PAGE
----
The last few days has seen that annual Advance HE Teaching and Learning Conference at the impressive Northumbria University Business and Law School in Newcastle. The main theme of the conference was ‘Teaching in the Spotlight: Innovation for teaching excellence’. Indeed, it lived up to this billing with three packed days of parallel sessions covering teaching innovations from Arts and Humanities, Social Sciences to STEM and Health and Social Care.
The second day provided the most interest in terms of the TEFS agenda. The general theme of ‘Sector Priorities’ can cover a multitude of sins, but equality and inclusivity emerged in several sessions. The keynote lecture at the outset laid down a provocative challenge after an inadvertent faux pas that provided an ironic backdrop. Alison Johns, CEO of Advance HE, dispensed with her microphone and asked the audience of around 400 people if they could all hear her. In a new building, with facilities that could have won an award for inclusiveness for all disabilities, this was unprofessional and astounding to the professional audience. The irony was that she was introducing Joshua Sanderson-Kirk who was to challenge us with ‘Excellence without inclusivity is not excellence’. I am sure I was not the only one who had to refrain from calling out ‘pardon’ and there was at least one delegate with a hearing aid that would have benefited from the hearing loop had he heard her in the first place. This was almost a perfect metaphor for the detached thinking of those leading in government and in their agencies. While BAME student attainment and inclusivity emerged as a big issue in the lecture, I am sure the four black men and one black woman in the largely white middle class audience must have thought we had somehow lost the plot. When told that the so-called black attainment gap is at 24%, they might be right and conclude that there is a very long way to go. Along the way to concluding that ‘inclusivity’ was key we learned that may providers are very poor on widening participation whilst others do the “heavy lifting”. The research driven Russell Group Universities do not come out well in this respect. The simple idea that resources and time are the key to success seemed elusive in the argument; regardless of background, gender, BAME or disability.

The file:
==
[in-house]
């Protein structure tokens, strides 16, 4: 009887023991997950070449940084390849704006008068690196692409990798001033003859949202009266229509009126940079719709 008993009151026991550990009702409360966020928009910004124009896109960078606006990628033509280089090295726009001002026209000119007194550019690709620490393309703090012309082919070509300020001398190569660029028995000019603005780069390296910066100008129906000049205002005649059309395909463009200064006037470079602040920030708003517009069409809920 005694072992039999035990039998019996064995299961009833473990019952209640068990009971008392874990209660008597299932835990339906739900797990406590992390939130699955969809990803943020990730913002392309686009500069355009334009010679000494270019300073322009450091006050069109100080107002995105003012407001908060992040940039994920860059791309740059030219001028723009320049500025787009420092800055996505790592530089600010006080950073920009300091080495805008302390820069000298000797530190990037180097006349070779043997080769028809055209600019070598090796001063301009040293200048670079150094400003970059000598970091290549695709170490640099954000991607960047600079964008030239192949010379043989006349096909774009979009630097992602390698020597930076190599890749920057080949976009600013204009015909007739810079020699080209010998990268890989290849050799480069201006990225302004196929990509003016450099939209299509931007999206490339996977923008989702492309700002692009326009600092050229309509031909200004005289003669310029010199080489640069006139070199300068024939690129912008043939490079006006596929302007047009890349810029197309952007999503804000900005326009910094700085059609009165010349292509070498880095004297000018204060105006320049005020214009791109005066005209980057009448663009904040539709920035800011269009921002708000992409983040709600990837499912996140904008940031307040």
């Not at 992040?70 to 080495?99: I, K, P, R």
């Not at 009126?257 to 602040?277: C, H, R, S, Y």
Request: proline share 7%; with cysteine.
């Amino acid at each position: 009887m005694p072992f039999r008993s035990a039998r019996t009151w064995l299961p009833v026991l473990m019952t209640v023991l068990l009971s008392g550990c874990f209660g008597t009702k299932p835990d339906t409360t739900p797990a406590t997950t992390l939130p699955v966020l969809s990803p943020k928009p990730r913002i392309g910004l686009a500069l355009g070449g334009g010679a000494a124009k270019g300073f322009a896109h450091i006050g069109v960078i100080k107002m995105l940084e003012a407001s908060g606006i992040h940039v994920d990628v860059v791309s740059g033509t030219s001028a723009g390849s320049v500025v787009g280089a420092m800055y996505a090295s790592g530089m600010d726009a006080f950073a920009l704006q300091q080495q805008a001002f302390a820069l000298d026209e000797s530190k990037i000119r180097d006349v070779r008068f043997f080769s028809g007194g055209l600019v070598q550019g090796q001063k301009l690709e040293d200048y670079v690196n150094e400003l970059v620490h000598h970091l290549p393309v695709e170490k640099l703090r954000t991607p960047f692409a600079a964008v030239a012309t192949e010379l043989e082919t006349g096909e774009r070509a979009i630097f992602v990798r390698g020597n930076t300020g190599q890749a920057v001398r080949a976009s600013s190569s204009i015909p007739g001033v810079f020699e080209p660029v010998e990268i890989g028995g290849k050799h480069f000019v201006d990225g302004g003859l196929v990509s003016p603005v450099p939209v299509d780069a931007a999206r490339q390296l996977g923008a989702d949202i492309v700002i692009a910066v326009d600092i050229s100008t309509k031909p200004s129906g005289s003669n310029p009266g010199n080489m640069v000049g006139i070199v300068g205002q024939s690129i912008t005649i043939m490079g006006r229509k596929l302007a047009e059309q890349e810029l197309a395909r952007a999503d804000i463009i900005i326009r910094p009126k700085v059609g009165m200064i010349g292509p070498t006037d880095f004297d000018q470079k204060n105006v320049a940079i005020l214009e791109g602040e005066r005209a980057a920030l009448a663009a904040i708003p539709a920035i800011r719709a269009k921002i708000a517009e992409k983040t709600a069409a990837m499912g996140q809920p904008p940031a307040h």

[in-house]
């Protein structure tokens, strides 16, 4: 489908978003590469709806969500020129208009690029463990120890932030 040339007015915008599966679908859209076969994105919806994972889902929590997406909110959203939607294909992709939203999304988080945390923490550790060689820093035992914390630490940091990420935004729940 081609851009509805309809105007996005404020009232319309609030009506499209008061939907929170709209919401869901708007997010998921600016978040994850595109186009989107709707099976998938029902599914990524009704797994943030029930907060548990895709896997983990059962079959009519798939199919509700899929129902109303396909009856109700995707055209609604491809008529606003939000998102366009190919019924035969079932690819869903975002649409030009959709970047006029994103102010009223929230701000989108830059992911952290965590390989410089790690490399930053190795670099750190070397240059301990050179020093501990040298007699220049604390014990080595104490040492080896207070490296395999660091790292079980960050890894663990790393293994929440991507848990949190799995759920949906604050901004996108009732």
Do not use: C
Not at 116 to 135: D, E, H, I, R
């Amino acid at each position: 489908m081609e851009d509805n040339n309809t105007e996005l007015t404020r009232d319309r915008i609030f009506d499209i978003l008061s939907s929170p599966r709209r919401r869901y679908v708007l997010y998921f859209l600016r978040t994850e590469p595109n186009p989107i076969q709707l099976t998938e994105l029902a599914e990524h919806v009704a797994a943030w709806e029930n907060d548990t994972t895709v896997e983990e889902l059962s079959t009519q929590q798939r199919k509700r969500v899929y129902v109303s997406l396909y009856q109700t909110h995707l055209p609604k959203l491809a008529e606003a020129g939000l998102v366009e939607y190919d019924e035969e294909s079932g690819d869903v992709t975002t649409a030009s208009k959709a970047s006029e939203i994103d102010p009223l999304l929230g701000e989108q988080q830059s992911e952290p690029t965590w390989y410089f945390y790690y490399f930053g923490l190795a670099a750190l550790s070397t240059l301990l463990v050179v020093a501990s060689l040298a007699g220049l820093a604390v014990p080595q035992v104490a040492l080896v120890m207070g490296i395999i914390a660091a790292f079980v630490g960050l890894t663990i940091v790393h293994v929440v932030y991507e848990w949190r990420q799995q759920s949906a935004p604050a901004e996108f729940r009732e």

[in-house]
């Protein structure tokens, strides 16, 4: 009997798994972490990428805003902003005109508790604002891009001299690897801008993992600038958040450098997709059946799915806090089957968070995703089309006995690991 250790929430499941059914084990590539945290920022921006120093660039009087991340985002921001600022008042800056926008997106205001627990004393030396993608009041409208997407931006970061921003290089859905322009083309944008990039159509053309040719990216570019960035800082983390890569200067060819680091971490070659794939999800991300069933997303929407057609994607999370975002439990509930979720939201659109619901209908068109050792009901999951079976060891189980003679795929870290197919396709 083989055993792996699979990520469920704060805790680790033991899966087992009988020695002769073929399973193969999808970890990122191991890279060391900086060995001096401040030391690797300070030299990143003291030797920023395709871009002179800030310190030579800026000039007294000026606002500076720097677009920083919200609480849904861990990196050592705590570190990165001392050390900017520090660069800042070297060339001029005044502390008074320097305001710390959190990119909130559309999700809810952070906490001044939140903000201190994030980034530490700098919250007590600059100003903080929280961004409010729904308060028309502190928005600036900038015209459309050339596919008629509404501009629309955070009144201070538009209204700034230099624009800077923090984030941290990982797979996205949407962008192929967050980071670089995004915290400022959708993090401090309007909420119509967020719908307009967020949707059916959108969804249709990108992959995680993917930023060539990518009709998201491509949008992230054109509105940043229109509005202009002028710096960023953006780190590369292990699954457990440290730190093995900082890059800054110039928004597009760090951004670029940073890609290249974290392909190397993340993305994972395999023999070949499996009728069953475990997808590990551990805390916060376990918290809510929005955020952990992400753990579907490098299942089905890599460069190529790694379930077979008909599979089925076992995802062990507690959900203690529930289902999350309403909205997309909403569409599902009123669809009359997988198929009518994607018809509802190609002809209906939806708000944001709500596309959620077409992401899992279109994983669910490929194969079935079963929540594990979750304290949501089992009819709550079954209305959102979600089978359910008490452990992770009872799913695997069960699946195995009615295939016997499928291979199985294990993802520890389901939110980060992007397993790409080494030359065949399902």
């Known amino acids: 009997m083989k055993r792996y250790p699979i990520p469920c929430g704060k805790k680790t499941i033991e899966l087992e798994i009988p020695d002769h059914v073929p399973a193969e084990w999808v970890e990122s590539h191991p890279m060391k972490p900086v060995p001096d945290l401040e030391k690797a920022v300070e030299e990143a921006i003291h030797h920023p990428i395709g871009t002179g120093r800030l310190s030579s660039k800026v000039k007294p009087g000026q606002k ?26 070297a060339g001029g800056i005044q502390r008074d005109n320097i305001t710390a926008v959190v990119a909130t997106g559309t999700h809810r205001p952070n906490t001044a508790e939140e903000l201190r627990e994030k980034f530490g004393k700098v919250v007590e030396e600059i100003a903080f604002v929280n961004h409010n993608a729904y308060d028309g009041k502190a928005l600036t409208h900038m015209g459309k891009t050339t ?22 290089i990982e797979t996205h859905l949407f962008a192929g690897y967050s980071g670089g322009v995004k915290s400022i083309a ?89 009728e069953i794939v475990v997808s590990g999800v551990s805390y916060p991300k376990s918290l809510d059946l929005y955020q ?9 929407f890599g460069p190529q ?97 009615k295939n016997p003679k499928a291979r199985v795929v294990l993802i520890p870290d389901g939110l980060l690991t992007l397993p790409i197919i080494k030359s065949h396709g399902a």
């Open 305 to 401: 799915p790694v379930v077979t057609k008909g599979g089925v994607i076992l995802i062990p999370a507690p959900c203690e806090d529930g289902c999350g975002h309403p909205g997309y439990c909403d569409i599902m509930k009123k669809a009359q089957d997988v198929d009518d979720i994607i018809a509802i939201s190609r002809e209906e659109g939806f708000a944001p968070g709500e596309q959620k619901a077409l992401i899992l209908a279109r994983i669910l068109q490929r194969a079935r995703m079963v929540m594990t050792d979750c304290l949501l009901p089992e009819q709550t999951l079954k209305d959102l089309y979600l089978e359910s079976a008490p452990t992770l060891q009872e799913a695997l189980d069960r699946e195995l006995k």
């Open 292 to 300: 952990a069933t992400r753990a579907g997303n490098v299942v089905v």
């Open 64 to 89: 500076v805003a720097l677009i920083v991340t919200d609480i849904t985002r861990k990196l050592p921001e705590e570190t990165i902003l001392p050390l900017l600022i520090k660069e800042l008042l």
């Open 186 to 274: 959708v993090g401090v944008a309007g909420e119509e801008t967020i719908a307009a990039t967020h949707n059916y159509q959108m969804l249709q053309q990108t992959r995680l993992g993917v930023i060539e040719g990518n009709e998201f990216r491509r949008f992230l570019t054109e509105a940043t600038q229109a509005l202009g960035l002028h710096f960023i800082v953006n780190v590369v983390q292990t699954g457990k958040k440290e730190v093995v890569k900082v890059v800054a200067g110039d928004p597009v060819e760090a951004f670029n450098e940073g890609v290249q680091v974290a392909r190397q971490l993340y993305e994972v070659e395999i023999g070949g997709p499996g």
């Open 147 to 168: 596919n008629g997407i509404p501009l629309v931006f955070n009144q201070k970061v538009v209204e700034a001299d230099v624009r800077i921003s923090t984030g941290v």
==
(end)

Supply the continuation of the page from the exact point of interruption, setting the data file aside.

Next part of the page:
Pressure and stress and a stranglehold tightening on the whole system
However, this point did not bypass some delegates in later workshops. The inexorable rise in anxiety and mental health problems amongst students is a big challenge for those teaching in the front line. But even bigger for the students affected. Focus on a perception of the modern student lacking in ‘resilience’ might be better redirected to looking at the changed circumstances and causes.
Denise Meyer of the University of Portsmouth provided a timely insight into how to address the ‘anxiety’ epidemic in the classroom. The stress on staff is a real problem and the idea of ‘emotional regulation’ as a coping strategy seems sensible. The advice of ‘Stepchange’ on debt stress and mental health might be considered by students and staff alike. The alarming rise in anxiety amongst post-graduate students surfaced in her session and was reinforced later by Sophie Homer of the University of Plymouth. Her work funded by the Office for Students got closest to the core of the rising problems and ‘drop outs’. The pervasive ‘academic culture’ of stress and isolation was identified with ‘stress is normalised’. Her prize-winning research and workshops, funded by the OfS and designed to prevent mental health issues escalating, should be spread much further afield and into the top research laboratories. The advice from ‘Nobelist: work-life balance impossible for scholars in short term’ in Times Higher Education today illustrates how important this mission is in the face of dangerous advice.
The presentation by Susan Cooper of Plymouth Marjon University was the first time I have heard anyone acknowledge in a formal setting that ‘widening participation’ students have to overcome deficits in time and resources. Her work reveals a microcosm of a much wider problem of time poverty and finance and its impact upon achievement. We need much more consideration of this.
A workshop run by Neil Speirs of Edinburgh University addressed social class and related pedagogy. This is a very interesting idea and many teachers could benefit from its consideration. We were reminded that the ‘Equality Act’ doesn’t protect poor people with “tough luck if you’re poor”. His main thesis was that current practice amounted to ‘symbolic violence’ towards the working class and the poor. The pedagogical approaches used in many academic settings seems to reinforce the ‘middle class’ and privileged hegemony that pervades higher education. However, as a scientist it is hard to see this extending to teaching the “laws of thermodynamics” and other areas of science. Most staff have a ‘blind spot’ about the class divide as his exercises well illustrated. His practical solution is to provide more interdisciplinary teaching that encourages more input and thought from the students. Indeed, most science education is well advanced with this concept. But no doubt his assertion that it is sometimes seen as something done by “pedagogical rogues” holds in many instances.
Metrification, metrification, metrification.